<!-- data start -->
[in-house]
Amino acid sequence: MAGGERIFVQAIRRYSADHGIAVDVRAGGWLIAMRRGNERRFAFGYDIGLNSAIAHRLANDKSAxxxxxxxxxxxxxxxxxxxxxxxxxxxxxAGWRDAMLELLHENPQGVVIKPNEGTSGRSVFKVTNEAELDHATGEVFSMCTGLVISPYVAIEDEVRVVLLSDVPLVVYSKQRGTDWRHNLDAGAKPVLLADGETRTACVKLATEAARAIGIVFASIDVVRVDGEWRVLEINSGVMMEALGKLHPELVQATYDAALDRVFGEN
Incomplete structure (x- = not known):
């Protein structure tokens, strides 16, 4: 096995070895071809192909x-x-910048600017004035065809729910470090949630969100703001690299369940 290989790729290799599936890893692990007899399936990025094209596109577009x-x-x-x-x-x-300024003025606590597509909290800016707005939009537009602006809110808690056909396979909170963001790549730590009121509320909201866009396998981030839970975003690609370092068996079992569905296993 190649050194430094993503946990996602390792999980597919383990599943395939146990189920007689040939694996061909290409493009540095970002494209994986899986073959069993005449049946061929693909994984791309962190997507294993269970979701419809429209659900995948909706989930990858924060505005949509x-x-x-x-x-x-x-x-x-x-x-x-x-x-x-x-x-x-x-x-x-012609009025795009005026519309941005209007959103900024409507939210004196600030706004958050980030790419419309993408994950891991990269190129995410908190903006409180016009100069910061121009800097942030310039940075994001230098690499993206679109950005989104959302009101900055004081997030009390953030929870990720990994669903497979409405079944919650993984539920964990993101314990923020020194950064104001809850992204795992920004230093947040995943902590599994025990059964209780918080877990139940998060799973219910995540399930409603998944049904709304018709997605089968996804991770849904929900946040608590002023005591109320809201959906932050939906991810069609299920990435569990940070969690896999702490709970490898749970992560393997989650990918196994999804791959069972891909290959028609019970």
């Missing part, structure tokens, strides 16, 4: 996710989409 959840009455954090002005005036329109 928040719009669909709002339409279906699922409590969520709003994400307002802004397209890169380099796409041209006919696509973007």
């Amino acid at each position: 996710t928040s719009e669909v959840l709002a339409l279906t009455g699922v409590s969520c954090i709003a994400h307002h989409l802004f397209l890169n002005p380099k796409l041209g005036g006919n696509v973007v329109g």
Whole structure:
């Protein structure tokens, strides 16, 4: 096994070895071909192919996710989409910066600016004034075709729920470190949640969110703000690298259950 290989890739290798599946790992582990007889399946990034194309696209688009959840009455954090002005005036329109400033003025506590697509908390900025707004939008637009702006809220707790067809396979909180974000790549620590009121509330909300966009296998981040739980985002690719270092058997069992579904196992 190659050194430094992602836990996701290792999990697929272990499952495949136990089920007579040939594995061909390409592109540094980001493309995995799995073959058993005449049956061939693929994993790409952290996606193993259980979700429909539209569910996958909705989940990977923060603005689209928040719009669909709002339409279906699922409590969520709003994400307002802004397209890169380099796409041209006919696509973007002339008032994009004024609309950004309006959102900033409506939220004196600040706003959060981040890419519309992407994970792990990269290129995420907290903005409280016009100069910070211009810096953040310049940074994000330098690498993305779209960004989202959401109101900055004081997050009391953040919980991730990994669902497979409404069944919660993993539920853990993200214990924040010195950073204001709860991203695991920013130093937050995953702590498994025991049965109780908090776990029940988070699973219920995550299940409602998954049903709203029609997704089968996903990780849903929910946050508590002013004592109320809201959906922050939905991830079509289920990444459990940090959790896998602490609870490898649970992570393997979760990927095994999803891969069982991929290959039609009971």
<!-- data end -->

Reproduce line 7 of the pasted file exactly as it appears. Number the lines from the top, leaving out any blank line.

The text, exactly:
Whole structure: